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Event Details

Event Type Merit Badge
Title Indian Lore” Merit Badge at the Annual Cherokee County Indian Festival
Location Boling Park 1098 Marietta Hwy Canton, GA 30114   Show Map
Start Date Start Time Stop Date Stop Time
5/12/2018 11:00 5/12/2018 1:00
Open for Registration Last day to Register
2/16/2018   5/11/2018
(# badges a single scout can attend)
(cost to attend event)
(Who is invited)
1 $0.00 any scout who wants to attend
Council District Type Unit
Atlanta Area Council Troop

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Please read everything we've included in the event description. If you still ahve questions, contact the event manager by clicking this button.

Email Mr Dalton Smith 124634959 (, the Event Manager

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ActivitySessionLocationPrerequisitesMin. AgeClass FeeMax in ClassSeats AvailableCounselor 
Indian Lore   3A or B or C and 4A103529 Mr Dalton Smith 124634959
Sponsor Information

~~~~“Far different from the   stereotypes or common images that are portrayed on film, on television, and   in many books and stories, American Indians have many different cultures,   languages, religions, styles of dress, and ways of life. To learn about these   different groups is to take an exciting journey of discovery in which you   will meet some of America's most fascinating peoples”.

This event was spotlighted in December 2017’s “Scouting” Magazine.



What to expect:

We will walk the festival and enjoy the Native American culture.

Indian Lore merit badge requirements

1. Identify the different American Indian cultural areas. Explain what makes them each unique.   We will discuss and learn during our tour.

2. Give the history of one American Indian tribe, group or nation that lives or has lived near you. Visit it, if possible. On our tour we will learn about traditional dwellings, way of life, tribal government, religious beliefs, family and clan relationships, language, clothing styles, arts and crafts, food preparation, means of getting around, games, customs in warfare, where members of the group now live, and how they live.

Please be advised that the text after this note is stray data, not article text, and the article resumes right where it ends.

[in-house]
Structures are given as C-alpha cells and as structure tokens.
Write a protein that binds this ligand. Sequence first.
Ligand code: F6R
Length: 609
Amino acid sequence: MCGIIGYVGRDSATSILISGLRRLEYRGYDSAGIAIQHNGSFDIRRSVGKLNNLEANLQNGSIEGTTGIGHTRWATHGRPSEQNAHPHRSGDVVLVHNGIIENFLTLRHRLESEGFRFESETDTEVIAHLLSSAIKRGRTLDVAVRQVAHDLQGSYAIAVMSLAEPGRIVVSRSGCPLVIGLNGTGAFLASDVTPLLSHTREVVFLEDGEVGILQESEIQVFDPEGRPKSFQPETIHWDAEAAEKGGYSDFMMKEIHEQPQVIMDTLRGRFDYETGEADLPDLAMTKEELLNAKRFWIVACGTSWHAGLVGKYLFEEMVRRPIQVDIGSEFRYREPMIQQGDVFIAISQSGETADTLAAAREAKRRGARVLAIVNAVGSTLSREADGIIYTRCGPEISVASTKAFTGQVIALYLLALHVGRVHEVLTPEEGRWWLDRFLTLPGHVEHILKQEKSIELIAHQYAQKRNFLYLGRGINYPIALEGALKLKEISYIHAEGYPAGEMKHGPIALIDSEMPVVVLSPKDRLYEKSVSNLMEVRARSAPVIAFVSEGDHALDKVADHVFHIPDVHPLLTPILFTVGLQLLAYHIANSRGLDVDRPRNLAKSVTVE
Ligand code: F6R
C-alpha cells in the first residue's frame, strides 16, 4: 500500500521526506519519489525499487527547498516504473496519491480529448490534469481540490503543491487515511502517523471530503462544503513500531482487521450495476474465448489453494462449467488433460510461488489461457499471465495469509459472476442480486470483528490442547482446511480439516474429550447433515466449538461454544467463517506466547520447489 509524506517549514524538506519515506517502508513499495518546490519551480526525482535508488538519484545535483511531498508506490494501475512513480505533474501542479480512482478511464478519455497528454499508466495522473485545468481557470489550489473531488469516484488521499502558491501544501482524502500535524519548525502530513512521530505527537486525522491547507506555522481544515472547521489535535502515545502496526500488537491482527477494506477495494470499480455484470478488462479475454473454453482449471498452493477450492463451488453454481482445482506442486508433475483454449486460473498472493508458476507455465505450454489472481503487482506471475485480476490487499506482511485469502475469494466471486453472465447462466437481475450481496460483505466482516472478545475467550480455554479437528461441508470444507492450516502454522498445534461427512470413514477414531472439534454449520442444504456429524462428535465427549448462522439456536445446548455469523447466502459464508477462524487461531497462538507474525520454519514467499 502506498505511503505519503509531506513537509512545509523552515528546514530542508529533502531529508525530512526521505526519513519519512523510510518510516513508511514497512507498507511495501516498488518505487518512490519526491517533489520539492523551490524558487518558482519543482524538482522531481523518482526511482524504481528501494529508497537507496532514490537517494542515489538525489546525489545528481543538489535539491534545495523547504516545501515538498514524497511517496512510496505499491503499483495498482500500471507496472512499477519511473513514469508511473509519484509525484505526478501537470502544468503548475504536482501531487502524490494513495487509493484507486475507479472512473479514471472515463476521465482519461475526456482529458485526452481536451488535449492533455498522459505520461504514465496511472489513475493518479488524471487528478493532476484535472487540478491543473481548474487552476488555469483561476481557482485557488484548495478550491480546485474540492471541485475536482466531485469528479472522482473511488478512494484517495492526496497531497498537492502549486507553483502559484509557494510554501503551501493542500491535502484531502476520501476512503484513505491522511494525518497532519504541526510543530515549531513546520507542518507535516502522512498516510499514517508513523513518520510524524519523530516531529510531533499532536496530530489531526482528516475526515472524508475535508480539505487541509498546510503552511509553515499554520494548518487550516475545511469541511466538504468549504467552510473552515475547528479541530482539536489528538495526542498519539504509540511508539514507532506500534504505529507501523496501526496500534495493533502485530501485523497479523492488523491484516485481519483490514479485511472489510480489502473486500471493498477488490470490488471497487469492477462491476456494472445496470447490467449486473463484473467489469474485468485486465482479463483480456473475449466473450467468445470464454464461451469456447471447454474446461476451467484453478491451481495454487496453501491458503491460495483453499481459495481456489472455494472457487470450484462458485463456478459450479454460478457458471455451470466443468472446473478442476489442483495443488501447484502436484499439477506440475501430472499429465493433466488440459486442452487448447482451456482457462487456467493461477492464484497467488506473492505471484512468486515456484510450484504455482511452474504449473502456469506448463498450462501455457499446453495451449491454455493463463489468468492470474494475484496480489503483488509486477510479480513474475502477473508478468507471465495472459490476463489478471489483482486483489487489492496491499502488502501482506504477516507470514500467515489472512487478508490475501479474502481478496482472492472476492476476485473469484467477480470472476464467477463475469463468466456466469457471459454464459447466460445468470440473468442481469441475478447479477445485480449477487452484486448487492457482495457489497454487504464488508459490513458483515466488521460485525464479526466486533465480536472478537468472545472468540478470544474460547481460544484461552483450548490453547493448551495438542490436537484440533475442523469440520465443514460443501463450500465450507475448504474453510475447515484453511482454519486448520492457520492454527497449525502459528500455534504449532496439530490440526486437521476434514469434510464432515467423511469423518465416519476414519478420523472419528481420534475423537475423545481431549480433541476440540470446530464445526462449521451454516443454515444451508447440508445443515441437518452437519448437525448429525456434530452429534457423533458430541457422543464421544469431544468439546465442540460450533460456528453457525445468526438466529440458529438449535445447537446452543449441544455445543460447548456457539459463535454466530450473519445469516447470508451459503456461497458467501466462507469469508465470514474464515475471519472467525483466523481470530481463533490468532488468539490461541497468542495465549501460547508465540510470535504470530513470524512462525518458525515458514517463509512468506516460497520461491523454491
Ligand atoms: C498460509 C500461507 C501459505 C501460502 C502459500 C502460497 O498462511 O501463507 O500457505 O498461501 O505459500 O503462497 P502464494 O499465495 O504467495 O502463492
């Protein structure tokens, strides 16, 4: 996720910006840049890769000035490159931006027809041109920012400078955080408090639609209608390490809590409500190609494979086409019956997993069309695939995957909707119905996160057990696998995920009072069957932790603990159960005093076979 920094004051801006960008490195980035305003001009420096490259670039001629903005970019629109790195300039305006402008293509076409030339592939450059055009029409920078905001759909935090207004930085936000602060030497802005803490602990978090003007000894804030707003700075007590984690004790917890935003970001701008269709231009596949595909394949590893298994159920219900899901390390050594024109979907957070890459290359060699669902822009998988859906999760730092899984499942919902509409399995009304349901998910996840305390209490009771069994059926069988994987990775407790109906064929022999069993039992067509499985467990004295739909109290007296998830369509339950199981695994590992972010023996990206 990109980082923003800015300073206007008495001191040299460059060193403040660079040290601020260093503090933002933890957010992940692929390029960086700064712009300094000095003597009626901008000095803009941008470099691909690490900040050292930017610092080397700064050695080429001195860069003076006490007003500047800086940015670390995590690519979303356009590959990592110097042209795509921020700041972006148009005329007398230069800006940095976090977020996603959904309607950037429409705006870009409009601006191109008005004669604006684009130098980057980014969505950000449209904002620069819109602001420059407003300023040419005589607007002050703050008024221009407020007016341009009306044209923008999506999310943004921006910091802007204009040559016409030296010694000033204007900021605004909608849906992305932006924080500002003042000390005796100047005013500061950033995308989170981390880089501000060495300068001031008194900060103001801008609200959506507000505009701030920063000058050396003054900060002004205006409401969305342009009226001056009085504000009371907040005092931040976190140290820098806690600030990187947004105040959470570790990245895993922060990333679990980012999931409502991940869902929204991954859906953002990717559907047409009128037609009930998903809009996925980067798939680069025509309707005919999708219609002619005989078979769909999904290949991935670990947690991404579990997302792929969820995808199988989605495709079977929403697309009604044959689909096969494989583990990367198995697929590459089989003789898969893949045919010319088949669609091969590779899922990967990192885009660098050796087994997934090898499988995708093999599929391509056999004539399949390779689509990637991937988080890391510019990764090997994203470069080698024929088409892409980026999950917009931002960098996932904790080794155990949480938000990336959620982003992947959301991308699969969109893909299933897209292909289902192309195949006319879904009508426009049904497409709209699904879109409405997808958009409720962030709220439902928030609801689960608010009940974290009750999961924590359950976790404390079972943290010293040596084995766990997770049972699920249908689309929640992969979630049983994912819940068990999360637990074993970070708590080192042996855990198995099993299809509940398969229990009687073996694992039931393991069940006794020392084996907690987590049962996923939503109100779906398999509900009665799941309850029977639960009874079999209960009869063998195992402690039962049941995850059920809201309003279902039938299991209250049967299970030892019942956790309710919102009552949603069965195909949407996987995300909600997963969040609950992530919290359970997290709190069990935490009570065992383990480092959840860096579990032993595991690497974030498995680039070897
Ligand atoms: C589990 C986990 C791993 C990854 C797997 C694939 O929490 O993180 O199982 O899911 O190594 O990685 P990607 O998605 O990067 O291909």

3. Do TWO of the following. Focus on a specific group or tribe. You will need to do A B OR C before or after the MB workshop.  We will not do it this day.

a. Make an item of clothing worn by members of the tribe.

b. Make and decorate three items used by the tribe, as approved by your counselor.

c. Make an authentic model of a dwelling used by any Indian tribe, group, or nation.

d. Visit a museum to see Indian artifacts. Our festival will count as visiting a museum.

4.  Do ONE of the following:   We will learn 3 games that you can go back and teach to your patrol one to meet req “A”.

a. Learn three games played by a group or tribe. Teach and lead one game with a Scout group.

b. Learn and show how a tribe traditionally cooked or prepared food. Make three food items.

c. Give a demonstration showing how a specific Indian group traditionally hunted, fished, or trapped


5: Do ONE of the following:   From all the choices we will do B at the festifal.

b. Sing two songs in an Indian language. Explain their meanings.


So you will leave with a partial still needing to do 3A or B or C and 4A.

We do this every year and it is awesome.


Counselor Information

Dress in comfortable shoes, and your troops Activity uniform (sometimes referred to as a Class B T-shirt.


We will meet right inside the gate right after admissions.  Look for the councilors in Field Uniform (Sometimes referred to as a Class A).

This would be a good opportunity for all scouts but especially the new ones who can learn about the merit badge process.  They will be exposed to Blue Cards, MB Councilors, and “fun with a purpose”.  You will also learn of the MB procedure of earning a “partial” and being required to work on one last requirement at home to be displayed at the hut in the future.

Choose between two days or times:

• Saturday May 12th from 11:00 to 1:00.

• Sunday May 13th from 1:30 to 3:30.

There is no cost for the merit badge just pay the cover charge to the event.

Adults (13 yrs and up)-      $15

Kids (6 – 12 yrs)-              $5

Children 5 yrs & younger-  FREE